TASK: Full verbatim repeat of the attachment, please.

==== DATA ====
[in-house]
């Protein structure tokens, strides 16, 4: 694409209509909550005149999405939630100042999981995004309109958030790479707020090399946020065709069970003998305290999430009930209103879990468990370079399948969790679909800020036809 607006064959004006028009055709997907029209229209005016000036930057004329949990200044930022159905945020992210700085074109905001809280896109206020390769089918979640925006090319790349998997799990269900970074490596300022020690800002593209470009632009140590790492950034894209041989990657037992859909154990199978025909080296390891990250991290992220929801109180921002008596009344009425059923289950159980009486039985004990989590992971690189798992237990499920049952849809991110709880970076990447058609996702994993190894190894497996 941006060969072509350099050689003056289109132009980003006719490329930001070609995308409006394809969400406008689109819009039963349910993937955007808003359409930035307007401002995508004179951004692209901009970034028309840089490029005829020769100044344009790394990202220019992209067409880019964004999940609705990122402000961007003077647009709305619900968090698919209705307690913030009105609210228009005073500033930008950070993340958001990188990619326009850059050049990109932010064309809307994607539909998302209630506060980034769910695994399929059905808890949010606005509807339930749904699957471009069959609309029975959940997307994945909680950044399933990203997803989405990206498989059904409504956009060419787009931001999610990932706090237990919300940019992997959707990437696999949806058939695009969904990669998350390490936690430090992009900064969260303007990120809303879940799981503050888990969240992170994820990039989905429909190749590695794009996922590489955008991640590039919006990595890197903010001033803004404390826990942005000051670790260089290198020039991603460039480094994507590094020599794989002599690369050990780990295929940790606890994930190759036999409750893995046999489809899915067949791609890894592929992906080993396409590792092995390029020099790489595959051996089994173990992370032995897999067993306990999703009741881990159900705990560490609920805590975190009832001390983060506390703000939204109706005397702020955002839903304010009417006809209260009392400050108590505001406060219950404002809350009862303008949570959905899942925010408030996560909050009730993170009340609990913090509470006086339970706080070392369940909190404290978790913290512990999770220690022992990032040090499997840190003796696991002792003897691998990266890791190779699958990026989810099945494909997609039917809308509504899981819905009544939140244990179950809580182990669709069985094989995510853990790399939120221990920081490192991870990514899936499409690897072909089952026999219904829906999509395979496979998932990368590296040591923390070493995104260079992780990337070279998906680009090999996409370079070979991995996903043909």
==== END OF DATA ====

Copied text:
[in-house]
């Protein structure tokens, strides 16, 4: 694409209509909550005149999405939630100042999981995004309109958030790479707020090399946020065709069970003998305290999430009930209103879990468990370079399948969790679909800020036809 607006064959004006028009055709997907029209229209005016000036930057004329949990200044930022159905945020992210700085074109905001809280896109206020390769089918979640925006090319790349998997799990269900970074490596300022020690800002593209470009632009140590790492950034894209041989990657037992859909154990199978025909080296390891990250991290992220929801109180921002008596009344009425059923289950159980009486039985004990989590992971690189798992237990499920049952849809991110709880970076990447058609996702994993190894190894497996 941006060969072509350099050689003056289109132009980003006719490329930001070609995308409006394809969400406008689109819009039963349910993937955007808003359409930035307007401002995508004179951004692209901009970034028309840089490029005829020769100044344009790394990202220019992209067409880019964004999940609705990122402000961007003077647009709305619900968090698919209705307690913030009105609210228009005073500033930008950070993340958001990188990619326009850059050049990109932010064309809307994607539909998302209630506060980034769910695994399929059905808890949010606005509807339930749904699957471009069959609309029975959940997307994945909680950044399933990203997803989405990206498989059904409504956009060419787009931001999610990932706090237990919300940019992997959707990437696999949806058939695009969904990669998350390490936690430090992009900064969260303007990120809303879940799981503050888990969240992170994820990039989905429909190749590695794009996922590489955008991640590039919006990595890197903010001033803004404390826990942005000051670790260089290198020039991603460039480094994507590094020599794989002599690369050990780990295929940790606890994930190759036999409750893995046999489809899915067949791609890894592929992906080993396409590792092995390029020099790489595959051996089994173990992370032995897999067993306990999703009741881990159900705990560490609920805590975190009832001390983060506390703000939204109706005397702020955002839903304010009417006809209260009392400050108590505001406060219950404002809350009862303008949570959905899942925010408030996560909050009730993170009340609990913090509470006086339970706080070392369940909190404290978790913290512990999770220690022992990032040090499997840190003796696991002792003897691998990266890791190779699958990026989810099945494909997609039917809308509504899981819905009544939140244990179950809580182990669709069985094989995510853990790399939120221990920081490192991870990514899936499409690897072909089952026999219904829906999509395979496979998932990368590296040591923390070493995104260079992780990337070279998906680009090999996409370079070979991995996903043909």